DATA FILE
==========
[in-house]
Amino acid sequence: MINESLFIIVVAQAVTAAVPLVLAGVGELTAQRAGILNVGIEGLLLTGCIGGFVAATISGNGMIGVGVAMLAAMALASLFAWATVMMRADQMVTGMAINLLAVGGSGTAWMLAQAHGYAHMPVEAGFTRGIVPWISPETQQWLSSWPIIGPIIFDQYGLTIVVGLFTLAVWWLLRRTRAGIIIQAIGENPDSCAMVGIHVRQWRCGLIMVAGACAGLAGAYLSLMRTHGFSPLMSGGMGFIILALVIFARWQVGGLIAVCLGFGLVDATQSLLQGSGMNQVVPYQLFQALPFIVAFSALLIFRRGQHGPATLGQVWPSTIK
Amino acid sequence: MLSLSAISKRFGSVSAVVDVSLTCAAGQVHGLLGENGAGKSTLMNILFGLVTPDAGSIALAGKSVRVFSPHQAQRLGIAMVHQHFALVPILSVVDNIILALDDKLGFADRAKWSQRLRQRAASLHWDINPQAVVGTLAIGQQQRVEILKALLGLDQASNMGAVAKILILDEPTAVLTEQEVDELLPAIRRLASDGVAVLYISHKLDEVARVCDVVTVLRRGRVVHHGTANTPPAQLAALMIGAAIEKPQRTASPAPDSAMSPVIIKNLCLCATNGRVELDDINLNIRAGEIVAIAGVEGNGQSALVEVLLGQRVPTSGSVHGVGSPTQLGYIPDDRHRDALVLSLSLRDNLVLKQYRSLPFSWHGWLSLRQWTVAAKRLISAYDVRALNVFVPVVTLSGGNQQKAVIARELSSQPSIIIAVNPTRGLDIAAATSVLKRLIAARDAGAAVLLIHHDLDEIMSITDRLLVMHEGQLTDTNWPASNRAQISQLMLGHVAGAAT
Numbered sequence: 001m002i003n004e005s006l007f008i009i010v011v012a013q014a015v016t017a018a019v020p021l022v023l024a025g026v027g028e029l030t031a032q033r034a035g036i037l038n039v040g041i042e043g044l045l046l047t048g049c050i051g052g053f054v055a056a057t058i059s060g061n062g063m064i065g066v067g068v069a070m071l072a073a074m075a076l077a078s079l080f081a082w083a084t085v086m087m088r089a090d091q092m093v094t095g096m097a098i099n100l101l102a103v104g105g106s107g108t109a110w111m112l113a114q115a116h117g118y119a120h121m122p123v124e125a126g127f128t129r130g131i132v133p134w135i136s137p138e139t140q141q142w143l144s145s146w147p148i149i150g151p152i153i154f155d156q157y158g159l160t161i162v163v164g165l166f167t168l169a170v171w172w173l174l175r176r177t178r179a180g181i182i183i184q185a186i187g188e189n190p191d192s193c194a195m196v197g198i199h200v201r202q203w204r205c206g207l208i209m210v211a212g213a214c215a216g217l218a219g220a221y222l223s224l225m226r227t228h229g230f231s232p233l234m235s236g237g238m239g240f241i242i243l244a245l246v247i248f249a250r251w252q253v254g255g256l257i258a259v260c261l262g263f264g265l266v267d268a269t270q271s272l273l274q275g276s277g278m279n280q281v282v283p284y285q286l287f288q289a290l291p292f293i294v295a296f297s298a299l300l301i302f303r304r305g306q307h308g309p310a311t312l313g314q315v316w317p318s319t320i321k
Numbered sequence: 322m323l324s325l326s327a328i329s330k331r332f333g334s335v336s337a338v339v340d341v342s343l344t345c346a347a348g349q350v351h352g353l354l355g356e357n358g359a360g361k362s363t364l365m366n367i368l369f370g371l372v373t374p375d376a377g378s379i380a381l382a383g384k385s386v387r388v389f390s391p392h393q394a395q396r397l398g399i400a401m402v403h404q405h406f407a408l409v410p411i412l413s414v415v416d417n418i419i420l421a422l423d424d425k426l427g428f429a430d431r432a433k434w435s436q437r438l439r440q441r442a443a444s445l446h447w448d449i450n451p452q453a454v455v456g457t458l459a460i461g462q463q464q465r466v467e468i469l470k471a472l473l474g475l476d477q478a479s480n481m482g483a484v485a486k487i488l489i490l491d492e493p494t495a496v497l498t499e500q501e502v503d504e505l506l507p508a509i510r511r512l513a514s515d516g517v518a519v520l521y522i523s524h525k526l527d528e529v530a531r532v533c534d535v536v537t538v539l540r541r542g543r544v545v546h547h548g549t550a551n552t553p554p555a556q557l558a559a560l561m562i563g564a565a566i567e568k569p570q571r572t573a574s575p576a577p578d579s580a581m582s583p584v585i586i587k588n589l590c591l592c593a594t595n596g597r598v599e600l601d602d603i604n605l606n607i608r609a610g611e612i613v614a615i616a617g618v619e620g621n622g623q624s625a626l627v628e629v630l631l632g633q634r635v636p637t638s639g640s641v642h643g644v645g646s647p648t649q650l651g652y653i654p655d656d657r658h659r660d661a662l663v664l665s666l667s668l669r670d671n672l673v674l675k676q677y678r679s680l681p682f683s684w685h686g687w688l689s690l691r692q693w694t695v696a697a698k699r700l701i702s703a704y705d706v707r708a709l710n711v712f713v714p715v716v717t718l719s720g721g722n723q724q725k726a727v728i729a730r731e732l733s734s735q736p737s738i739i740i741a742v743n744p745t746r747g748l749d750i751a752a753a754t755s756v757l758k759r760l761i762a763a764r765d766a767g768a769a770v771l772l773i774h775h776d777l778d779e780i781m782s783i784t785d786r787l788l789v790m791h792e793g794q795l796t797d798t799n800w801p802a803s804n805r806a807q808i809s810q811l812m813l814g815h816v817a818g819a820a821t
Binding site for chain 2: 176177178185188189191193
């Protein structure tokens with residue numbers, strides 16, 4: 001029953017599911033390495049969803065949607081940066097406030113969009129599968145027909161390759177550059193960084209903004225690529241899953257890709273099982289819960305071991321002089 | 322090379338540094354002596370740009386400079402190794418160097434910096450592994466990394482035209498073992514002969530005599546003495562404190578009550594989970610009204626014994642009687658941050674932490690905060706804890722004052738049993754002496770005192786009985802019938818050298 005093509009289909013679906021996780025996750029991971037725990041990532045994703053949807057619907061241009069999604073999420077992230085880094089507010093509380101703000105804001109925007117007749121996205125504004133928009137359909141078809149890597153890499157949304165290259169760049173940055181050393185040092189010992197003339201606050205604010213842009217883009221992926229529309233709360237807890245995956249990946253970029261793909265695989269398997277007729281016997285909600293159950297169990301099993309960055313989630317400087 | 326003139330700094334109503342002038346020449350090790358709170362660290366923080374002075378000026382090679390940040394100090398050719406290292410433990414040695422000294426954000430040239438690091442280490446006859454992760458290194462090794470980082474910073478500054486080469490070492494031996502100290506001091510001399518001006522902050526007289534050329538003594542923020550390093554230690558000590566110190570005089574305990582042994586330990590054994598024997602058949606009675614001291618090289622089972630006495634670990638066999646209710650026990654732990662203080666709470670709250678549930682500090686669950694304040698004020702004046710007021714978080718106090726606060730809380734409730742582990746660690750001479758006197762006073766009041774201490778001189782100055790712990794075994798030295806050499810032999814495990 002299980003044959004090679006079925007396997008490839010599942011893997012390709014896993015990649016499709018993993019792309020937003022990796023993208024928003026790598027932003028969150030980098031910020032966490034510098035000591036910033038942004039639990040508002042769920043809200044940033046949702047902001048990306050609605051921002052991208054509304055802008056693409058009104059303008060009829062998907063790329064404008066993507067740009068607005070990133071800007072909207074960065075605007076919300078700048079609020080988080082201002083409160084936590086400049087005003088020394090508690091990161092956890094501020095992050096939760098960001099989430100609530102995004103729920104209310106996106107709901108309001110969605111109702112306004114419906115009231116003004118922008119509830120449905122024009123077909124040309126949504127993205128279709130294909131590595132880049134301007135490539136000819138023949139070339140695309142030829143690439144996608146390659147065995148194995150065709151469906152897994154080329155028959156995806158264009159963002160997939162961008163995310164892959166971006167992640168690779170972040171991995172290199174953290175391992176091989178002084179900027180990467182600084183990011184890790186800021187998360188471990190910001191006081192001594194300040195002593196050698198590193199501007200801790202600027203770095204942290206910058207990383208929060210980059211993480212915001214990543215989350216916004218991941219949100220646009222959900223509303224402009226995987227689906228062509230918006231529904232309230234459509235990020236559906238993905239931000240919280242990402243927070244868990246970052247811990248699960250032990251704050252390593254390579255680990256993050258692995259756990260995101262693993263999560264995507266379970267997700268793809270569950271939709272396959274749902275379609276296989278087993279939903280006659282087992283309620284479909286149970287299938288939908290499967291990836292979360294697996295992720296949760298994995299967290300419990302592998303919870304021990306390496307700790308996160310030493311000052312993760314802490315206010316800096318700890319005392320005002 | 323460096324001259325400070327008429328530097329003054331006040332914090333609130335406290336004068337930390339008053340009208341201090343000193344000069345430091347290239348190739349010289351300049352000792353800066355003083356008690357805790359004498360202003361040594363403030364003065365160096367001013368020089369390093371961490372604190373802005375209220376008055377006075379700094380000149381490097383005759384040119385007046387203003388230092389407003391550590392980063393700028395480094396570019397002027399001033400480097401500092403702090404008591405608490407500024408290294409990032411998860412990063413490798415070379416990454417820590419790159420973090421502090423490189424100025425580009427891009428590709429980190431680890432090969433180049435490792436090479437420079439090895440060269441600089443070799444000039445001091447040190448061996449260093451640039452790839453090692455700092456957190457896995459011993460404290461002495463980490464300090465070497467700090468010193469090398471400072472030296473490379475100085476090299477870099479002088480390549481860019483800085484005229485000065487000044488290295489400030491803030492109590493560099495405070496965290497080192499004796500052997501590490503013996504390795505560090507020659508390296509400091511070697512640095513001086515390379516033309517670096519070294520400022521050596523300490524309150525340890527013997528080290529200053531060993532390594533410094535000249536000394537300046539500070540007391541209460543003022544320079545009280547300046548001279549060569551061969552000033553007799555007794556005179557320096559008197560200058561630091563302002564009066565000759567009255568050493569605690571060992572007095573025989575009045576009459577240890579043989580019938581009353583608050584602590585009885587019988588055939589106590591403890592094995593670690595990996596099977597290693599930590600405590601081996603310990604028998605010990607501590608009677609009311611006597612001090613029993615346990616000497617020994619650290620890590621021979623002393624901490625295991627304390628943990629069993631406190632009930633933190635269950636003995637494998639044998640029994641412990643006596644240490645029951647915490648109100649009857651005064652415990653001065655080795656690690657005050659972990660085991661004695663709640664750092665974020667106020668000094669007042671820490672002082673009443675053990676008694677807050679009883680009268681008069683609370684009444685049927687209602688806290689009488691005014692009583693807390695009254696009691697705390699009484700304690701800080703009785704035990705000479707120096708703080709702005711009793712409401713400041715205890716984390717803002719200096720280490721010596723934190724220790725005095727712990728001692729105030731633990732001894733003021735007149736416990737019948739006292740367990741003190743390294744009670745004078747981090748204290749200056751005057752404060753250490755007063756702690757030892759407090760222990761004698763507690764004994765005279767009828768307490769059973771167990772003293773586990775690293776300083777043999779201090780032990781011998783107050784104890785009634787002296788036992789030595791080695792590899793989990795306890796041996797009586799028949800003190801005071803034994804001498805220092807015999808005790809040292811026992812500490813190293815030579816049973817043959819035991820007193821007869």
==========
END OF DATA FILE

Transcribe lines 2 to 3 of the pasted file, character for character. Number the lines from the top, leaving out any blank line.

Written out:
Amino acid sequence: MINESLFIIVVAQAVTAAVPLVLAGVGELTAQRAGILNVGIEGLLLTGCIGGFVAATISGNGMIGVGVAMLAAMALASLFAWATVMMRADQMVTGMAINLLAVGGSGTAWMLAQAHGYAHMPVEAGFTRGIVPWISPETQQWLSSWPIIGPIIFDQYGLTIVVGLFTLAVWWLLRRTRAGIIIQAIGENPDSCAMVGIHVRQWRCGLIMVAGACAGLAGAYLSLMRTHGFSPLMSGGMGFIILALVIFARWQVGGLIAVCLGFGLVDATQSLLQGSGMNQVVPYQLFQALPFIVAFSALLIFRRGQHGPATLGQVWPSTIK
Amino acid sequence: MLSLSAISKRFGSVSAVVDVSLTCAAGQVHGLLGENGAGKSTLMNILFGLVTPDAGSIALAGKSVRVFSPHQAQRLGIAMVHQHFALVPILSVVDNIILALDDKLGFADRAKWSQRLRQRAASLHWDINPQAVVGTLAIGQQQRVEILKALLGLDQASNMGAVAKILILDEPTAVLTEQEVDELLPAIRRLASDGVAVLYISHKLDEVARVCDVVTVLRRGRVVHHGTANTPPAQLAALMIGAAIEKPQRTASPAPDSAMSPVIIKNLCLCATNGRVELDDINLNIRAGEIVAIAGVEGNGQSALVEVLLGQRVPTSGSVHGVGSPTQLGYIPDDRHRDALVLSLSLRDNLVLKQYRSLPFSWHGWLSLRQWTVAAKRLISAYDVRALNVFVPVVTLSGGNQQKAVIARELSSQPSIIIAVNPTRGLDIAAATSVLKRLIAARDAGAAVLLIHHDLDEIMSITDRLLVMHEGQLTDTNWPASNRAQISQLMLGHVAGAAT